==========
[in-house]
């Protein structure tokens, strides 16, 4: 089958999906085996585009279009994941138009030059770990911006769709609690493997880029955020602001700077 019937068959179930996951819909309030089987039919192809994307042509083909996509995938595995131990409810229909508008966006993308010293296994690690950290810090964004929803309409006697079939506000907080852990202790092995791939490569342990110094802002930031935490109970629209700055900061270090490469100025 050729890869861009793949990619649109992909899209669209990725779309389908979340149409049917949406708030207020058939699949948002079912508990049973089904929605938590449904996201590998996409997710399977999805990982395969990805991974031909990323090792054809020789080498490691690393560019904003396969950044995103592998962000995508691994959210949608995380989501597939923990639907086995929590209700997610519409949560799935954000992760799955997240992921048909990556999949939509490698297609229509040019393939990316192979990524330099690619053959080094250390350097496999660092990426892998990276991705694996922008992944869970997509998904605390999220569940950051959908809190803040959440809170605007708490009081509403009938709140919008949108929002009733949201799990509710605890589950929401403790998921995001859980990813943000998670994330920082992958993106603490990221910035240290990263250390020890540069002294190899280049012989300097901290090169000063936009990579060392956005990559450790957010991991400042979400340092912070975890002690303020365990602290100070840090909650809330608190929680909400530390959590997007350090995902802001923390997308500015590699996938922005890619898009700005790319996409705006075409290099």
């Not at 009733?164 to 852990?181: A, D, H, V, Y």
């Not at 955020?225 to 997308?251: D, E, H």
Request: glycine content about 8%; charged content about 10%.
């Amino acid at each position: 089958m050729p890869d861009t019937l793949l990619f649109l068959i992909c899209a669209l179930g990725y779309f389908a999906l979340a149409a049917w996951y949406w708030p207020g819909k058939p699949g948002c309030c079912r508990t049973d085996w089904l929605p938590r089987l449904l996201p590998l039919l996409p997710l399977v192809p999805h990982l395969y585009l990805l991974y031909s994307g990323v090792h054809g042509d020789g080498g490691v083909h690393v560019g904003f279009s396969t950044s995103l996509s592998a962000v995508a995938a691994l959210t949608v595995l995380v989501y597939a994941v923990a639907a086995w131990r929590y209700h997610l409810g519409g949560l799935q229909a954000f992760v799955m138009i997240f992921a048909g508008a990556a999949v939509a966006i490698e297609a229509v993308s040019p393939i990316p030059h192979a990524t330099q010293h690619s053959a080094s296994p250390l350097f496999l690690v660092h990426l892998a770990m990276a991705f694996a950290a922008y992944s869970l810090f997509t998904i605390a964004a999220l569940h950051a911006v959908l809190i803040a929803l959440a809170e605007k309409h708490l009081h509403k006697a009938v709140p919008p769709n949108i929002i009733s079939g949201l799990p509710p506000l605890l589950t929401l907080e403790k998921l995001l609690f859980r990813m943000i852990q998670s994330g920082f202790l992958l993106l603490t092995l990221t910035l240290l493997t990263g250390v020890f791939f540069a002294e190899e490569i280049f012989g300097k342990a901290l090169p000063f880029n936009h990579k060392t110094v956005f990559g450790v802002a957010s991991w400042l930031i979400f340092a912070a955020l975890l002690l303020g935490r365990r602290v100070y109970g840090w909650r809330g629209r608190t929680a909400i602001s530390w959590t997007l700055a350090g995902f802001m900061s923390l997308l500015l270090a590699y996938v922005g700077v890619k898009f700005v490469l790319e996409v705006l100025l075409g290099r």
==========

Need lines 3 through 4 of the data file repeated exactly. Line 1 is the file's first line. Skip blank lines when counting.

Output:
């Not at 009733?164 to 852990?181: A, D, H, V, Y």
């Not at 955020?225 to 997308?251: D, E, H």